Day 4 July 27 Friday: Battle Harbour (GMT-2.30), Newfoundland

I spent an uneventful morning attending two lectures. Title of Robyn’s talk was “Labrador- The Big Country”. She detailed the changing boundaries of Newfoundland and Labrador. She also mentioned the arrival of the Moravian missionaries (which came from the modern day Czech Republic).  The Moravian Church is one of the oldest Protestant denominations in the world with its heritage dating back to the Bohemian Reformation in the 15th century and the Unity of the Brethren established in the Kingdom of Bohemia. The Church’s emblem is the Lamb of God with a flag of victory. The first Moravian mission in Labrador was set up in Nain. I had to struggle to keep my eyes open. I hope she would give more information on the history of the Inuit, their history and culture before their contacts with the missionaries.

Roger’s talk on “Expedition Photography” was more useful and relevant. Though I have taken millions of photos since retirement, I remain a poor amateur photographer. He has given me many useful tips. His best and most encouraging advice is “photography is for enjoyment”.  I can also forget the basic rules on composition. I totally agree photos should tell our own travel story and experience.

My time at the bridge was well spent. I saw with the help of others Northern fulmar, northern gannet, loon, shearwater, storm-petrel, jaeger, kittiwake and murre.  After lunch, I got ready for action but had to queue in the rain for the zodiac. It was fantastic to be on land again. Battle Harbour though small, is pretty and historic. Once an important gateway to the rich Labrador fisheries, it fell into decline following reductions in the cod industry and a major fire in 1930 and was abandoned as a permanent settlement following government resettlement activities in the 1960s.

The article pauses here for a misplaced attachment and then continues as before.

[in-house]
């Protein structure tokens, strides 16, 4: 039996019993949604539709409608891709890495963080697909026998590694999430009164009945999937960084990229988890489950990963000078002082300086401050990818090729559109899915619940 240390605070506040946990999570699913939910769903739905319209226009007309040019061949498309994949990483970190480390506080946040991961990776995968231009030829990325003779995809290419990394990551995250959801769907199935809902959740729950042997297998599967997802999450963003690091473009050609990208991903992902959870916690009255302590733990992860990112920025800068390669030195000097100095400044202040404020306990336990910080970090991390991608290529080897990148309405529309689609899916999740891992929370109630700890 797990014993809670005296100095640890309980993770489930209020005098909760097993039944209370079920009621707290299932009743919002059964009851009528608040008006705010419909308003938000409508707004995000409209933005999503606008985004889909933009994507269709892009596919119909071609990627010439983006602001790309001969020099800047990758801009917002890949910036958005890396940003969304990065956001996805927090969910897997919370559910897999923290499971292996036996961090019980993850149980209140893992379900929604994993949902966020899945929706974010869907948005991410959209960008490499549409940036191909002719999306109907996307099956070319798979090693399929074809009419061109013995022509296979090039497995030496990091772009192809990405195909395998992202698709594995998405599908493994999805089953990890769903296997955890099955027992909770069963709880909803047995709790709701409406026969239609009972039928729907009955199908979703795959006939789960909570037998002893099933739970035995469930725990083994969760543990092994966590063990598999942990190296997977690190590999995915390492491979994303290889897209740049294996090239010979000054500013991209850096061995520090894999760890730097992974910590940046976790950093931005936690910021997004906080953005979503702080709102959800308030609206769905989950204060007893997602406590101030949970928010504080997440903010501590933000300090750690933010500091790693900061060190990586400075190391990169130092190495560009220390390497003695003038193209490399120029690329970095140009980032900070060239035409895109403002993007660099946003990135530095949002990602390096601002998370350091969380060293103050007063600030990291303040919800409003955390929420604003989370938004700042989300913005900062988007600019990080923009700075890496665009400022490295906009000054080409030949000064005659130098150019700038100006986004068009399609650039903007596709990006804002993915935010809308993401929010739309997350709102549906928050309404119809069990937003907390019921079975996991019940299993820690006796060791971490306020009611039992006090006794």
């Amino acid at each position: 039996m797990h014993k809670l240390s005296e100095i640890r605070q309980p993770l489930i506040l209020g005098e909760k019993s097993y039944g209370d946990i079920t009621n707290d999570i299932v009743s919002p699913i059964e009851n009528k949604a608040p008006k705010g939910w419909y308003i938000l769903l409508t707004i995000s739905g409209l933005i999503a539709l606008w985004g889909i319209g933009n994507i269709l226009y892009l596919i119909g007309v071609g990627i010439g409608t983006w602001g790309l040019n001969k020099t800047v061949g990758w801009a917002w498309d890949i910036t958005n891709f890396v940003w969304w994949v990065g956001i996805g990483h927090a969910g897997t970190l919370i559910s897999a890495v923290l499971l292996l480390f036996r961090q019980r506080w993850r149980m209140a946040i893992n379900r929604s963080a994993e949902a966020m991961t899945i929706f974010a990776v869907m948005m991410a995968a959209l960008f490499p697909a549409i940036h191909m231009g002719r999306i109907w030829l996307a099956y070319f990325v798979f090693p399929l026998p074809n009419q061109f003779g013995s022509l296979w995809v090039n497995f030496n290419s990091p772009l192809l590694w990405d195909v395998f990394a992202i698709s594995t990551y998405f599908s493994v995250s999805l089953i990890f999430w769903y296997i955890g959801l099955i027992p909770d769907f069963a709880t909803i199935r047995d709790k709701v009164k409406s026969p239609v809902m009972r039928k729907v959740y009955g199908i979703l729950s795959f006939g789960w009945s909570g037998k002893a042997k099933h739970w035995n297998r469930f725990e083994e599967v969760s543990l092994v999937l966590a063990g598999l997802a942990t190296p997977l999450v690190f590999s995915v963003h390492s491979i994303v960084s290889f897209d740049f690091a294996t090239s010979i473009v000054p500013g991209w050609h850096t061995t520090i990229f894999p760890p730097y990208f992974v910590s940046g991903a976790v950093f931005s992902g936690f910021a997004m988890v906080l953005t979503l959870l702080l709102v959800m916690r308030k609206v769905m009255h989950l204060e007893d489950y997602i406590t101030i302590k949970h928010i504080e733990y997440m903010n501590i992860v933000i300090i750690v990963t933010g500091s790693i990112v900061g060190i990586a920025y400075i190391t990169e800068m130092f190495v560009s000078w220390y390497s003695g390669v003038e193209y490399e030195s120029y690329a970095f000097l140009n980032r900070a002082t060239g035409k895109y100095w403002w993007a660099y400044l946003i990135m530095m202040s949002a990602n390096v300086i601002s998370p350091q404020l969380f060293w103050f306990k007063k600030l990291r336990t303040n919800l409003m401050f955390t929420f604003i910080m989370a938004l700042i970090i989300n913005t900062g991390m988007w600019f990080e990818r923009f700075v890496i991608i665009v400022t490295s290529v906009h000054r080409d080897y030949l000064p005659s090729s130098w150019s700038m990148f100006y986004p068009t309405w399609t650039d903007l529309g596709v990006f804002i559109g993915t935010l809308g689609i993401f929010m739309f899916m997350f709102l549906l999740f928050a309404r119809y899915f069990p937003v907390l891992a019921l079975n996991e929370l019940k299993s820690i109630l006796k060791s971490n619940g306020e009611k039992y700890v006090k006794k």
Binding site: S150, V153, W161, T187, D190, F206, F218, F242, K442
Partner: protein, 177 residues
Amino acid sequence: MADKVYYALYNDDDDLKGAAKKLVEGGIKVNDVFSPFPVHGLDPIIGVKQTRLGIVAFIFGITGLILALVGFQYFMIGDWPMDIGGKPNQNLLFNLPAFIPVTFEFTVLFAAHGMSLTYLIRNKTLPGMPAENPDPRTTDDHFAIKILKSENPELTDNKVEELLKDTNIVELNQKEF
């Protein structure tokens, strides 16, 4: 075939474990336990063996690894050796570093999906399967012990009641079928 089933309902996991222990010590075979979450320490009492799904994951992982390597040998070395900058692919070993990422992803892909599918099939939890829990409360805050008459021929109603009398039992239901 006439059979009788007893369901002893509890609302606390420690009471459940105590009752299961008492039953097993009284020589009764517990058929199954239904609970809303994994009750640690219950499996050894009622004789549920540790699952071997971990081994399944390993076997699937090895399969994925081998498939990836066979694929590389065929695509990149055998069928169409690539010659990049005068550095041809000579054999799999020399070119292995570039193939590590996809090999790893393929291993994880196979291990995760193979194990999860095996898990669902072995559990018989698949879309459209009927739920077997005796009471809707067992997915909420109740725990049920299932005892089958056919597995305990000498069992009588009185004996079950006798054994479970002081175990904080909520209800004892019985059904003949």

The Battle Harbour Historic Trust has been giving the fishing premises and other properties. It has preserved the site and operates a museum. Today, the site is a National Historic Site. There are now cottages and accommodation for visitors. The imposing and picturesque wooden buildings near the pier are former warehouse and salt house which have been restored.

We were greeted by a passionate local guide, a retired teacher whose parents had come from the island. She told us life of fishermen on the island and the joy of fishing with traditional nets before the invention of gills. In those days, a fisherman could return with a full boat of about 110 lb of salmon. She explained how salmon and cod were salted and dried a few days before export. When she was a child, she and her brothers would help their parents turning the fish a few times a day on a flat rack which still stands not far from the pier. When consumers preferred fresh to salted fish, locals harvested iceberg to keep fish fresh for export. Great stories!

Life on the island has changed with restriction imposed on fishing and protection for seals which are fed on fish. While the seal population in the area has increased to around a million, the fish population has declined dramatically. Furthermore, locals who used to fish for living, are only allowed to take a small number of fish a year. She explained the plight of the local fishing community and hoped for sustainable solution for conservation and livelihood for the local fishing community. Food for thoughts!

After the cultural tour, I had over an hour in exploring the island on foot. I followed a footpath and stopped at the spot where a small plane had crash. Today this spot was marked by a memorial.

Later I passed by two cemeteries before returning to the village. I visited the picturesque wooden church before dropping by the visitor centre where I had free Wi-Fi. I was relieved to learn that Aliana was fine. She had the cast of her right arm removed on July 25 and the doctor did not find any broken bone. I also learned that e-visa for Tajikistan was not an issue: one member already got her visa online.

Tonight, Lee, the assistant expedition leader, gave a talk “Cross Canada Cycle Tales”.  His record was over 220km in a day. Eventually he spent two months covering some 85,000km.